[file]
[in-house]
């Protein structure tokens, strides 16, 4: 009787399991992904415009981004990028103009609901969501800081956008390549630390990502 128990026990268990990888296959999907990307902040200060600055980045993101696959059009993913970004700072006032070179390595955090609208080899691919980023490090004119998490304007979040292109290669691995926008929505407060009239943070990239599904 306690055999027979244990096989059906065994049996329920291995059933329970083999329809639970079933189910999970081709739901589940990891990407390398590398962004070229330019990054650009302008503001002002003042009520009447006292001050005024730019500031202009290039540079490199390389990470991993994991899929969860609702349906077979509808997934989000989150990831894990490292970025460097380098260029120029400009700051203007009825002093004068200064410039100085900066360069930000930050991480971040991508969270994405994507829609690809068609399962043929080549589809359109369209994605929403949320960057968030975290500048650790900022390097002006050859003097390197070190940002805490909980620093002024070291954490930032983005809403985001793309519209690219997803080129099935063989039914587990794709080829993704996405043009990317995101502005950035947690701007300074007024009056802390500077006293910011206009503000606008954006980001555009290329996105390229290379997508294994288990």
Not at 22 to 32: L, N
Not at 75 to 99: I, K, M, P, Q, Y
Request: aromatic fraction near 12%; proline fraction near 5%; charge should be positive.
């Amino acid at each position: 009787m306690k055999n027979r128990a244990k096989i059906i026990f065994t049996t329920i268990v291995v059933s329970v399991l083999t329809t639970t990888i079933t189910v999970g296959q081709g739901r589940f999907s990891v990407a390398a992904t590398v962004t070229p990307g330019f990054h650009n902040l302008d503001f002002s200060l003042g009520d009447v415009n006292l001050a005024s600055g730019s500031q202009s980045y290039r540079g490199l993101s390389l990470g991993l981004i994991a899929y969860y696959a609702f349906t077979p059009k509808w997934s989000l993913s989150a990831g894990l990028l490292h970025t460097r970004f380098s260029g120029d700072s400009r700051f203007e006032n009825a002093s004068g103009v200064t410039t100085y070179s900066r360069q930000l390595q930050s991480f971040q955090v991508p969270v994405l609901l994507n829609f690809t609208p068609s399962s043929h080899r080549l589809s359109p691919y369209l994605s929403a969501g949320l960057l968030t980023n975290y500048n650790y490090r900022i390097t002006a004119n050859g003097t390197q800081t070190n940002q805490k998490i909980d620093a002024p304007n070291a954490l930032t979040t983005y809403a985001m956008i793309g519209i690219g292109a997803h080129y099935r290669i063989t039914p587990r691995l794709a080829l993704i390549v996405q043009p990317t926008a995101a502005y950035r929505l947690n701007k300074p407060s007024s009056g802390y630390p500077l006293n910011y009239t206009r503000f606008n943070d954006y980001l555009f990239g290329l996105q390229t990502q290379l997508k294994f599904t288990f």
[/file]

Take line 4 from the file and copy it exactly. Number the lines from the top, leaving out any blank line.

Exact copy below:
Not at 75 to 99: I, K, M, P, Q, Y